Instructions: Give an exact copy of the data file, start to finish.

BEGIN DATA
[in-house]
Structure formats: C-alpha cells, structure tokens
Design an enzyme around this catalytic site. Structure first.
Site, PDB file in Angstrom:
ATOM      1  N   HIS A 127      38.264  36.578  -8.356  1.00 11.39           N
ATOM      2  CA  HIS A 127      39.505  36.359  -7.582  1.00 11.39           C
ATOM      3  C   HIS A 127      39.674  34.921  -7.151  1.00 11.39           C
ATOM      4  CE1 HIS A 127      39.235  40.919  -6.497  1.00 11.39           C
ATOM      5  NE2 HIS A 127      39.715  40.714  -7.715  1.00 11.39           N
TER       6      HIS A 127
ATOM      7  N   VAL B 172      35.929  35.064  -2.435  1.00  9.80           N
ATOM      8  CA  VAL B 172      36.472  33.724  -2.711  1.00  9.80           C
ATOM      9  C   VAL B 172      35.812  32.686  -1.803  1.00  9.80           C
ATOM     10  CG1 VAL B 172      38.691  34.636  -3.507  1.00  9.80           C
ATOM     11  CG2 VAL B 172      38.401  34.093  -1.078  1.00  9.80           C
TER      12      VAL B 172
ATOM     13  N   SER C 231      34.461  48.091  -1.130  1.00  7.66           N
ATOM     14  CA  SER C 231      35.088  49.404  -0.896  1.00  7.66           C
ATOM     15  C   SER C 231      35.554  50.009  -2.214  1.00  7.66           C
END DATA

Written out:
[in-house]
Structure formats: C-alpha cells, structure tokens
Design an enzyme around this catalytic site. Structure first.
Site, PDB file in Angstrom:
ATOM      1  N   HIS A 127      38.264  36.578  -8.356  1.00 11.39           N
ATOM      2  CA  HIS A 127      39.505  36.359  -7.582  1.00 11.39           C
ATOM      3  C   HIS A 127      39.674  34.921  -7.151  1.00 11.39           C
ATOM      4  CE1 HIS A 127      39.235  40.919  -6.497  1.00 11.39           C
ATOM      5  NE2 HIS A 127      39.715  40.714  -7.715  1.00 11.39           N
TER       6      HIS A 127
ATOM      7  N   VAL B 172      35.929  35.064  -2.435  1.00  9.80           N
ATOM      8  CA  VAL B 172      36.472  33.724  -2.711  1.00  9.80           C
ATOM      9  C   VAL B 172      35.812  32.686  -1.803  1.00  9.80           C
ATOM     10  CG1 VAL B 172      38.691  34.636  -3.507  1.00  9.80           C
ATOM     11  CG2 VAL B 172      38.401  34.093  -1.078  1.00  9.80           C
TER      12      VAL B 172
ATOM     13  N   SER C 231      34.461  48.091  -1.130  1.00  7.66           N
ATOM     14  CA  SER C 231      35.088  49.404  -0.896  1.00  7.66           C
ATOM     15  C   SER C 231      35.554  50.009  -2.214  1.00  7.66           C